Why do americans write the date with the day second. Surly the natural sequence is day, month, year.?

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Why do americans write the date with the day second. Surely the natural sequence is day, month, year.

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  • 1 month ago
    Favorite Answer

    I don't know why it's done that way. I'm not sure that logic enters into it at all, in either system. It's just custom. Surely the logical thing to do is mention the year first, then month, then day.

    That way you start off knowing what year is being discussed, then you can get into the details. I would find that more useful when doing things like filing bills, for instance, or gathering receipts for tax purposes.

    I never ever use numerals only if I'm writing a date. Being here in Canada, where we sometimes fall halfway between the US and the UK in usages, I am never sure which system someone else is using. If it says 03/09/2019, is that March 9 or September 3? Without some clue in the rest of the document, there is no way to tell what day is meant. If one of the numbers is 13 or higher, then we know it refers to a day. Otherwise, you can't tell.

    • Quentin
      Lv 7
      1 month agoReport

      Year, month, day is the Japanese way!

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  • 1 month ago

    Yeah you're right. I don't know what it is, it seems like they like to make things up.

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  • 1 month ago

    Calendar dates can be written in a wide variety of ways in English, and often depend on formal or informal writing, personal style and whether you are writing British or American English. Whatever the format, in British English, dates are usually written in the order day – month – year , while in American English they are written month – day – year. 

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  • 1 month ago

    Because their early leaders wanted America to be separate in every way including language.  They have since made random changes in order to form ''American English''.

    They have succeeded.  American English is preferred now to British English in schools around the world.

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  • 1 month ago

    The natural sequence would be from most significant to least significant thus:

    year month day.

    When speaking, today would be January the 15th in "proper" English (not 15th of January), which is the pattern Americans follow.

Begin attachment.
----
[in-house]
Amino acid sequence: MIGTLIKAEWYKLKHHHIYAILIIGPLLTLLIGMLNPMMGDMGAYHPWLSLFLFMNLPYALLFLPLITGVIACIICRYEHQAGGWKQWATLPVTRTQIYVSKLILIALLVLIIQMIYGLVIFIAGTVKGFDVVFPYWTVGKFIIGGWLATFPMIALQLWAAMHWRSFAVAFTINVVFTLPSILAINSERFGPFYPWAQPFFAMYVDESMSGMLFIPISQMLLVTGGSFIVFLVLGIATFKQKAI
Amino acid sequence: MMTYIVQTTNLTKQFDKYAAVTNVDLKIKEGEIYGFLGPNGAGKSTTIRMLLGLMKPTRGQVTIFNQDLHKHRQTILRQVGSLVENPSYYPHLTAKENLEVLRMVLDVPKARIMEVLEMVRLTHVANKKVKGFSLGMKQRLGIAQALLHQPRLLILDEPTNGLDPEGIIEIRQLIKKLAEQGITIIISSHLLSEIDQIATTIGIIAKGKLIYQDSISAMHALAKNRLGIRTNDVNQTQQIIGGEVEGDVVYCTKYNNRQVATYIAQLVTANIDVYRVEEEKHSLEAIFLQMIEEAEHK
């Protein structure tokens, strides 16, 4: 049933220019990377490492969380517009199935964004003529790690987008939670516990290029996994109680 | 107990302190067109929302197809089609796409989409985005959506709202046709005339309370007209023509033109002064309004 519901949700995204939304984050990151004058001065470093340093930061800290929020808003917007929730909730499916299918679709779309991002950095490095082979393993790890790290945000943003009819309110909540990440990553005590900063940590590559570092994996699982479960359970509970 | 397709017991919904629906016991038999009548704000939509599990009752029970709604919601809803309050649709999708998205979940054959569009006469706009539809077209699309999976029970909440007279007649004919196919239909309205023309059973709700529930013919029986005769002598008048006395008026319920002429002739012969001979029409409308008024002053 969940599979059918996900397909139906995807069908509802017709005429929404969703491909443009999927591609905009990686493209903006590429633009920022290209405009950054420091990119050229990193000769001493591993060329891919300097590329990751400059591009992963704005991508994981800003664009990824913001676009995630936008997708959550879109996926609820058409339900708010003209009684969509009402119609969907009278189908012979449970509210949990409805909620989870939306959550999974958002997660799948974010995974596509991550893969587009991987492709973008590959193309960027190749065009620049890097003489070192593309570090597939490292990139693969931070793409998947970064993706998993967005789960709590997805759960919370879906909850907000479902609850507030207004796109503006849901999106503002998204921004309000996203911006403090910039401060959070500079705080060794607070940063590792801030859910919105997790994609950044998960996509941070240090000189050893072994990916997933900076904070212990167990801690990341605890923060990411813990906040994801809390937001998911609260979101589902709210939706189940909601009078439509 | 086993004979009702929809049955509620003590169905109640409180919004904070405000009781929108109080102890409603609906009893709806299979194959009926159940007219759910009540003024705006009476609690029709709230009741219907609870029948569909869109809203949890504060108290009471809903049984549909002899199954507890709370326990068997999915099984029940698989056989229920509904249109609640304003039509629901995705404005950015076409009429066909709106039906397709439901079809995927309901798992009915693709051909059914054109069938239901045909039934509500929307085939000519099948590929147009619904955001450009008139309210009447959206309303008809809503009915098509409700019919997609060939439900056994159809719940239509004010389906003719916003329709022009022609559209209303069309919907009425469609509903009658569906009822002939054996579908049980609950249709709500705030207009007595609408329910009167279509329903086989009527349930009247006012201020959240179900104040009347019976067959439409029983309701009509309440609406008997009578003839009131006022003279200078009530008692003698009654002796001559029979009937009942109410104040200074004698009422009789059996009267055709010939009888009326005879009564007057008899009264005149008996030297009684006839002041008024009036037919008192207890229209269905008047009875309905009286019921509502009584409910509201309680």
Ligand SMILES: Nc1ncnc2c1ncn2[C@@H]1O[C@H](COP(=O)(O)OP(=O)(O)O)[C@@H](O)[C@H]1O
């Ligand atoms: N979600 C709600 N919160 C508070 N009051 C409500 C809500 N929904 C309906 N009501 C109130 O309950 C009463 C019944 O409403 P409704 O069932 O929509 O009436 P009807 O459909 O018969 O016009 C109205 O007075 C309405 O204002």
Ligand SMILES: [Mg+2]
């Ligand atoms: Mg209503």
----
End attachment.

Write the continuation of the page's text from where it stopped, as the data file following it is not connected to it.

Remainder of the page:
But, almost everyone else prefers to write it as 15th of January, 2020

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  • 1 month ago

    People say January 11th, 2020, not 11 January 2020.  Month, day, year makes sense based on how people have described dates for centuries.

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    • Cogito
      Lv 7
      1 month agoReport

      No, in the UK we write dates in the logical order, like today is 13/1/20.  And we usually say the 13th of January 2020.  

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  • 1 month ago

    Best is year/month/day.  That way you can do a simple numeric ordering and get the dates in proper sequence.

    20020822 = 22-aug-2002

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  • Laurie
    Lv 7
    1 month ago

    Because the date means nothing without the month. Put the most important information first.

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  • Anonymous
    1 month ago

    Why don't Europeans write the date with the day second. Surly the natural sequence is month, day, year.?

    • totallymy1 month agoReport

      Yeahhhhh but like the day Is the shortest, a month is in between a day and a year and a year is the longest. Pretty sure that’s what it means. It makes sense in that way too

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  • Anonymous
    1 month ago

    Nope.  Knowing the month first helps keep things in logical order.  If that is not satisfactory for you then you can always use Star Date.

    • Mr.Persona
      Lv 5
      1 month agoReport

      Agreed. The year is generally assumed to be the current one, and the day is irrelevant knowledge without knowing the month (if we're talking about dates). After all, if we were talking within the current month, we'd just say "next week", "the following Tuesday", etc.

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